COLUMBUS — Today a large network of organizations, including the ACLU of Ohio and Ohio Conservatives for Bail Reform, released a statewide public opinion poll of voters’ views on criminal justice and the pretrial system, and the results show that a strong majority of Ohioans believe the current system is deeply flawed and are eager to support commonsense bail reform policies.
Key findings include:
75% of Ohio voters believe that Ohio’s criminal justice system is in need of reform.
77% favor requiring a hearing on release options and conditions in front of a judge within 48 hours of detention.
70% believe in reforming cash bail so we can “ensure each and every single Ohioan is treated fairly in the criminal legal system, regardless of skin color and ability to pay.”
69% believe in creating a release path for most people to go home on the same day as their arrest if they do not pose a flight risk and are not a threat to anyone else.
67% favor “reforming Ohio’s bail system so that release decisions are based on individual circumstances and cases, and not how much money someone has.”
“These results affirm what we’ve been hearing for years: Ohioans want bail reform. Cash bail doesn’t promote public safety; it just allows wealthy people to buy their freedom. Enacting commonsense bail reform policies will make Ohio a more equitable place and could also save our state up to $264 million per year,” noted Claire Chevrier, Policy Counsel for the ACLU of Ohio.
“The distortion of bailable offenses in our legal system has spawned a bail industry that profits from incarcerating American citizens who have not been proven guilty of a crime before a jury of their peers. The polling from the Tarrance Group shows Ohioans are both aware of this breach of 6th and 8th amendment constitutional rights and full heartedly support fixing our pretrial system,” said Micah Derry, State Director at Americans for Prosperity – Ohio.
“This opinion poll reflects a growing, bipartisan understanding that money should not determine access to justice and incarceration before trial cannot be the norm in a democracy,” said Twyla Carter, National Policy Director at The Bail Project. “And Ohioans are not alone. Across the country, Americans are beginning to see cash bail for what it is: a policy that criminalizes race and poverty. It is long past time to end it.”
“Individuals accused of crimes are presumed innocent until proven guilty. But Ohio’s overreliance on cash bail means this bedrock principle of our criminal justice system all too often is more theory than practice. These polling results confirm that Ohioans want a bail system that protects fundamental due process rights, not a two-tiered system of justice that makes access to cash the primary determiner in whether someone awaiting trial is released from jail,” said Andrew Geisler, Legal Fellow at The Buckeye Institute
“Ohioans across the state and across the aisle have spoken with resounding clarity that Ohio’s pretrial justice system is in desperate need of reform. Keeping so many people in Ohio’s jails is a waste of taxpayer dollars and an affront to the notion of ‘innocent until proven guilty’. We hope these poll results will be followed by thoughtful and urgent legislative action,” added Mike Hartley of Ohio Conservatives for Bail Reform.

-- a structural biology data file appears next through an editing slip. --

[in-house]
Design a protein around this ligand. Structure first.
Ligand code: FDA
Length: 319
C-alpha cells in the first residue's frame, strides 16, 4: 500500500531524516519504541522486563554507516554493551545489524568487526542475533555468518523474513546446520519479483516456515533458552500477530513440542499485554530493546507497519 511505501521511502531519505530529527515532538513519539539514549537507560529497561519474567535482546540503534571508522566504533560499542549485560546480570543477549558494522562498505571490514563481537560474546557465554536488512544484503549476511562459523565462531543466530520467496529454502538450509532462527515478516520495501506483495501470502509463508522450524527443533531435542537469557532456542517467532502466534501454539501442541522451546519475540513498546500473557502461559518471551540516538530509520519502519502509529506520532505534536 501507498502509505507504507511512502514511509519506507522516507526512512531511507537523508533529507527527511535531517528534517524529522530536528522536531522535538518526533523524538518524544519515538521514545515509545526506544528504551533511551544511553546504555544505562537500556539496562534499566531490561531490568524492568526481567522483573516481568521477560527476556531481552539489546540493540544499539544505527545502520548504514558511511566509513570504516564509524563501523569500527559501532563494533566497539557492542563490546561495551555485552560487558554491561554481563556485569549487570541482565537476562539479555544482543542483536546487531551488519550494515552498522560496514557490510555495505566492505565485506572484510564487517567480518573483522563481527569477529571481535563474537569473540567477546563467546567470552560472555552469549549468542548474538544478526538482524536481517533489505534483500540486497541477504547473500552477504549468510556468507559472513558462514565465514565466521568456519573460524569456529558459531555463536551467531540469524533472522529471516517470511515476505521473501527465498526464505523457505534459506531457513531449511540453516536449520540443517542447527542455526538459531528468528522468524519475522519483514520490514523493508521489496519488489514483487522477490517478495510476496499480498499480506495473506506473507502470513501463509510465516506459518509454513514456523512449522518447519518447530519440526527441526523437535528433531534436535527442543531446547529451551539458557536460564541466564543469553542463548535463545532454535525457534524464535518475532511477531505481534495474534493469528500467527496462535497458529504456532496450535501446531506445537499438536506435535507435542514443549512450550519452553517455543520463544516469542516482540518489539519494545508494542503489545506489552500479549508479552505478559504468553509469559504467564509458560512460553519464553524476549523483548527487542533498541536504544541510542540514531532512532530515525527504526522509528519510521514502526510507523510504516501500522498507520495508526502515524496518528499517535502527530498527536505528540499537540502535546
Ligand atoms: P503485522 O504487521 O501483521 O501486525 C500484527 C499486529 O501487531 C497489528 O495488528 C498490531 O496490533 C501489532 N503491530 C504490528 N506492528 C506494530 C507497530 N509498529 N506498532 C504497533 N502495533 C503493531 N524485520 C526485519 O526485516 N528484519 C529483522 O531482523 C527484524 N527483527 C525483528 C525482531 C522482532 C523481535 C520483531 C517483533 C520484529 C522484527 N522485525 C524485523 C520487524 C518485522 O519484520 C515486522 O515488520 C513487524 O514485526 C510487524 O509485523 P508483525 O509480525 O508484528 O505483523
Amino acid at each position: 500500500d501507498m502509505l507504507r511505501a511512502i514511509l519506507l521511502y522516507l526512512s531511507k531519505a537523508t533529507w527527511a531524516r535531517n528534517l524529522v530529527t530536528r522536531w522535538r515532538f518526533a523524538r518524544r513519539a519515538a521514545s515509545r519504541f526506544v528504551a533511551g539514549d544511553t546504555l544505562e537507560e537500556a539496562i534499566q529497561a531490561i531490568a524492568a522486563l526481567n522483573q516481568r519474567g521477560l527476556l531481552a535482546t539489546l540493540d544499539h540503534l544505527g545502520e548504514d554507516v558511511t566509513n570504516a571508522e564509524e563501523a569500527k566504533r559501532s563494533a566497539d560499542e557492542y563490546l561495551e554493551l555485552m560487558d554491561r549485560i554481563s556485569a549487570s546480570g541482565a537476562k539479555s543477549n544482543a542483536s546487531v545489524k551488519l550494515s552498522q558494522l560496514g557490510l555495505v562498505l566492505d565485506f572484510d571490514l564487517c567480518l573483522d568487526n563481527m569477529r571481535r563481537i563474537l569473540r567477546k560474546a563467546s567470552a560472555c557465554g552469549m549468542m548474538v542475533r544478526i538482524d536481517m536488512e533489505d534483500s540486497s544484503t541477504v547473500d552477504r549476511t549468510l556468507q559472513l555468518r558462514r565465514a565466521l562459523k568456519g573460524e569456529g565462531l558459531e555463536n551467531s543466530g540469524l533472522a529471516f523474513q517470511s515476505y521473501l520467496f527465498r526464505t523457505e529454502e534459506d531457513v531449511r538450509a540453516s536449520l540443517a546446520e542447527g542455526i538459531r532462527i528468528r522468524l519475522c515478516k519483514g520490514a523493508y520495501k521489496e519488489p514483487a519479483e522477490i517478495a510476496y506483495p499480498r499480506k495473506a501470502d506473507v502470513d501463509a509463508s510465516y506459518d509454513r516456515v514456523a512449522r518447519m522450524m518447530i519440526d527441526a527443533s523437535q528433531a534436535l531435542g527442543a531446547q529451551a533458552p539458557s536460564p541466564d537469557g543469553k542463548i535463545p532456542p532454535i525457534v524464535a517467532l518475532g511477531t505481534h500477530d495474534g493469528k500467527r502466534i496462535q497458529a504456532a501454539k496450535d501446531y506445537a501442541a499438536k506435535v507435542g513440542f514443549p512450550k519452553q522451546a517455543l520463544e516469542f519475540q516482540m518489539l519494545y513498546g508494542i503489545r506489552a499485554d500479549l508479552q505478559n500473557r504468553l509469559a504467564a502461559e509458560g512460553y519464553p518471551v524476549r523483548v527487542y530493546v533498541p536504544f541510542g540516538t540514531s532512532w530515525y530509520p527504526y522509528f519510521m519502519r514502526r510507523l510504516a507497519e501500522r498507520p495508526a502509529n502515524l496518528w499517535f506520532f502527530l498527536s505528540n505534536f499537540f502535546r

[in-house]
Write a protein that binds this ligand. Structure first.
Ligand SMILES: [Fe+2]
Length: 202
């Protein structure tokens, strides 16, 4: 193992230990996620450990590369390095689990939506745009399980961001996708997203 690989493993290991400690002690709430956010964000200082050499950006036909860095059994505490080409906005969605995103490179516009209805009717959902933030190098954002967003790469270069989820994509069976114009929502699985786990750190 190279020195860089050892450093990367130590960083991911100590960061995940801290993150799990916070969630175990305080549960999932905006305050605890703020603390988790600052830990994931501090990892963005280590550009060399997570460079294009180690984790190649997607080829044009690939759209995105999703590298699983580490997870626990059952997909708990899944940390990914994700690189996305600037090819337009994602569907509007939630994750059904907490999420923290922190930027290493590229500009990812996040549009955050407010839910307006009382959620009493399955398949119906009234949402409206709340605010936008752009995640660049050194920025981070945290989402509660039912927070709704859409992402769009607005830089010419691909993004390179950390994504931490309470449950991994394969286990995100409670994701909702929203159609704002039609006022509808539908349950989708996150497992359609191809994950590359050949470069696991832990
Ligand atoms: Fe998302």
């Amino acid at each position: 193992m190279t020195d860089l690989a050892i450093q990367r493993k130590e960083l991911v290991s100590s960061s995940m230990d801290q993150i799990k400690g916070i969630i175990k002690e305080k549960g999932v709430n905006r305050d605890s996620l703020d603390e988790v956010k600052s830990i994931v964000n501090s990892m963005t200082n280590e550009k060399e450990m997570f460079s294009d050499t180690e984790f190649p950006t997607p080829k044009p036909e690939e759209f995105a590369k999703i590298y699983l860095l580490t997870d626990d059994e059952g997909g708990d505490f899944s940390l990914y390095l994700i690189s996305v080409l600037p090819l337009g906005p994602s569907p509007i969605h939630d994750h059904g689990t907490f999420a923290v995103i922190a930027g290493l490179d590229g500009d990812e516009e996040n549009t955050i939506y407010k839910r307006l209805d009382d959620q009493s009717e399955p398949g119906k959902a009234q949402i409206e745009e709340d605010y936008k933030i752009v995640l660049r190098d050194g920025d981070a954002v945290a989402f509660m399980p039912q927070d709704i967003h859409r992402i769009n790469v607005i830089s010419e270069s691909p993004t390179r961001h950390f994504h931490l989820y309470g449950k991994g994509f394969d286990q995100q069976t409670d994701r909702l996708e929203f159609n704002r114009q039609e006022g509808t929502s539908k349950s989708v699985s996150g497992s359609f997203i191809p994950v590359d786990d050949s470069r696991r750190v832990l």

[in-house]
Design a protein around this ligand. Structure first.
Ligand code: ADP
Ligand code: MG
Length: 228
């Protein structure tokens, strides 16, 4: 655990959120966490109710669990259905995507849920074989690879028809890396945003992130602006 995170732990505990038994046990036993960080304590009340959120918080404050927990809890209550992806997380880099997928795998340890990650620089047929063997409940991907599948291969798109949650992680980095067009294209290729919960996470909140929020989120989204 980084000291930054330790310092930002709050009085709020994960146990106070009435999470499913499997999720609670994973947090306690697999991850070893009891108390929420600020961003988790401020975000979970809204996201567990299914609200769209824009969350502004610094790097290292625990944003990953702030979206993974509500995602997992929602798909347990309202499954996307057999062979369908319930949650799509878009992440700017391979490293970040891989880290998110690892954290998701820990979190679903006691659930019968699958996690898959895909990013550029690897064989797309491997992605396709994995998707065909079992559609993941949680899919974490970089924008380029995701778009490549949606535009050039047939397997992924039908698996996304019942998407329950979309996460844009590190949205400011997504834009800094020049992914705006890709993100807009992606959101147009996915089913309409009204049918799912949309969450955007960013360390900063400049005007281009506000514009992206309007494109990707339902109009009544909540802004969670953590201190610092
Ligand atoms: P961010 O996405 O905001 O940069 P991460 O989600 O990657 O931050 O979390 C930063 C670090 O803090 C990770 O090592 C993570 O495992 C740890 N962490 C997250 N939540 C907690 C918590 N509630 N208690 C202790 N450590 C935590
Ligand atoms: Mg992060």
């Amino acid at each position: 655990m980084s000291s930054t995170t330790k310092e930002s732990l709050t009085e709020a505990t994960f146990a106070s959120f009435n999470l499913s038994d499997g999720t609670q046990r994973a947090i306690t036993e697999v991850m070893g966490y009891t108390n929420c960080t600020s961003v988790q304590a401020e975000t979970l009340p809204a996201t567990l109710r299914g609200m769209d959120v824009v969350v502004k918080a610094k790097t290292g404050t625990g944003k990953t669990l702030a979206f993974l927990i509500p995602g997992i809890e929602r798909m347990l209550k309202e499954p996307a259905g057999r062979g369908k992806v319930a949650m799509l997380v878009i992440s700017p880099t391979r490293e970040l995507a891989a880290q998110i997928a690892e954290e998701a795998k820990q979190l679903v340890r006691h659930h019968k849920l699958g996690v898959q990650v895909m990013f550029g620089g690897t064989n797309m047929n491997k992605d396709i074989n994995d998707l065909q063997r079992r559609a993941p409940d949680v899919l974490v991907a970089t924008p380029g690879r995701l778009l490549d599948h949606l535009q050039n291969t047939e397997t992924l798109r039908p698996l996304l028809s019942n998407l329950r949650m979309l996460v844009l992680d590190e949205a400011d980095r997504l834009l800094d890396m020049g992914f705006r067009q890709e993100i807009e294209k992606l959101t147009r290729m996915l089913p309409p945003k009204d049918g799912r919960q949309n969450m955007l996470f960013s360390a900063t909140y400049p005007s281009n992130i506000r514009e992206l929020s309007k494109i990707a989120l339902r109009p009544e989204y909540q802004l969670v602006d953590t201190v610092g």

“Ohioans are overwhelmingly in strong support of getting rid of wealth-based pretrial detention schemes, and for very good reason. In what other scenario can an arbitrary factor—like the size of your wallet—keep you locked up just because you can’t buy your freedom? People’s lives are broken apart in as few as 48 hours. First you lose custody of your kids, then your job, then your housing. These poll results should drive imminent change to the criminal legal system in Ohio,” offered Kevin Werner, Policy Director with Ohio Justice and Policy Center.
“Most Ohioans believe our state should be a place of freedom and justice for all. That truth bears out in these polling results, confirming that our cash bail system is rigged against everyday Ohioans. Together, we need to fight a fair pre-trial system that protects all of us,” said Prentiss Haney, Co-Executive Director of the Ohio Organizing Collaborative.
“In the post-pandemic period, we cannot underestimate the level to which Americans are rethinking long held attitudes about our criminal justice system. This is reshaping how we think about race certainly, but also how we think about fairness and our humanity — how we treat each other. This reshaping is part of an on-going trend that is going to continue and grow,” added Brian Tringali, Partner at The Tarrance Group.
The study, conducted by The Tarrance Group between December 13-18 2020, included online interviews of 800 registered voters in Ohio. The percentages reflect the views of Ohio voters of all major demographic groups, political affiliations, and geographical regions throughout Ohio.